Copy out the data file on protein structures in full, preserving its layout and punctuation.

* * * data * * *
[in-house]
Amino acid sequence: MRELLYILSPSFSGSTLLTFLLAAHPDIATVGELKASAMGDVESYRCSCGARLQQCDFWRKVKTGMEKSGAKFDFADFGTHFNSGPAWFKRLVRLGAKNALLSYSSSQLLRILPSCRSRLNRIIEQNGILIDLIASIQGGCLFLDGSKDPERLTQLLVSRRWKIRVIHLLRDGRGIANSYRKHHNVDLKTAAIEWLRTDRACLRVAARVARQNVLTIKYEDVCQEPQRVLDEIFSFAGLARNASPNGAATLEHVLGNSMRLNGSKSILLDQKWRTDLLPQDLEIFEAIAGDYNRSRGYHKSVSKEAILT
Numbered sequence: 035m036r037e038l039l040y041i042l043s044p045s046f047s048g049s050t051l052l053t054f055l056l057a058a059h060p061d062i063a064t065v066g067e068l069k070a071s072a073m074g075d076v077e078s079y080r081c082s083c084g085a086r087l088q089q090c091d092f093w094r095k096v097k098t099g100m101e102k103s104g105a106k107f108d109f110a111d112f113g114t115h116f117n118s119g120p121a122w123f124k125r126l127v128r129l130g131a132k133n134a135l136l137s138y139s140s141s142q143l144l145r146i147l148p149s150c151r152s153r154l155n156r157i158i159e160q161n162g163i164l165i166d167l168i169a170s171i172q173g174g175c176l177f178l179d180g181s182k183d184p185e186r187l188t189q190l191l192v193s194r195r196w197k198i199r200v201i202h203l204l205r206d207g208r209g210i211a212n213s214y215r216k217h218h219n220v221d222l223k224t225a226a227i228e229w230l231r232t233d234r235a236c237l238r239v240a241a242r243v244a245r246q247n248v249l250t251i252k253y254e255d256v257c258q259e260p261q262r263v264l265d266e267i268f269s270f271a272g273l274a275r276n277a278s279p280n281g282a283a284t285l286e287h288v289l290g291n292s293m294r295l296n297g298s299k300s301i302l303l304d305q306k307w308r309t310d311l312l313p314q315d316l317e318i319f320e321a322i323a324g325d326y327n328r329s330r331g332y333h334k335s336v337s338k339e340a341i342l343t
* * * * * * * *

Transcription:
[in-house]
Amino acid sequence: MRELLYILSPSFSGSTLLTFLLAAHPDIATVGELKASAMGDVESYRCSCGARLQQCDFWRKVKTGMEKSGAKFDFADFGTHFNSGPAWFKRLVRLGAKNALLSYSSSQLLRILPSCRSRLNRIIEQNGILIDLIASIQGGCLFLDGSKDPERLTQLLVSRRWKIRVIHLLRDGRGIANSYRKHHNVDLKTAAIEWLRTDRACLRVAARVARQNVLTIKYEDVCQEPQRVLDEIFSFAGLARNASPNGAATLEHVLGNSMRLNGSKSILLDQKWRTDLLPQDLEIFEAIAGDYNRSRGYHKSVSKEAILT
Numbered sequence: 035m036r037e038l039l040y041i042l043s044p045s046f047s048g049s050t051l052l053t054f055l056l057a058a059h060p061d062i063a064t065v066g067e068l069k070a071s072a073m074g075d076v077e078s079y080r081c082s083c084g085a086r087l088q089q090c091d092f093w094r095k096v097k098t099g100m101e102k103s104g105a106k107f108d109f110a111d112f113g114t115h116f117n118s119g120p121a122w123f124k125r126l127v128r129l130g131a132k133n134a135l136l137s138y139s140s141s142q143l144l145r146i147l148p149s150c151r152s153r154l155n156r157i158i159e160q161n162g163i164l165i166d167l168i169a170s171i172q173g174g175c176l177f178l179d180g181s182k183d184p185e186r187l188t189q190l191l192v193s194r195r196w197k198i199r200v201i202h203l204l205r206d207g208r209g210i211a212n213s214y215r216k217h218h219n220v221d222l223k224t225a226a227i228e229w230l231r232t233d234r235a236c237l238r239v240a241a242r243v244a245r246q247n248v249l250t251i252k253y254e255d256v257c258q259e260p261q262r263v264l265d266e267i268f269s270f271a272g273l274a275r276n277a278s279p280n281g282a283a284t285l286e287h288v289l290g291n292s293m294r295l296n297g298s299k300s301i302l303l304d305q306k307w308r309t310d311l312l313p314q315d316l317e318i319f320e321a322i323a324g325d326y327n328r329s330r331g332y333h334k335s336v337s338k339e340a341i342l343t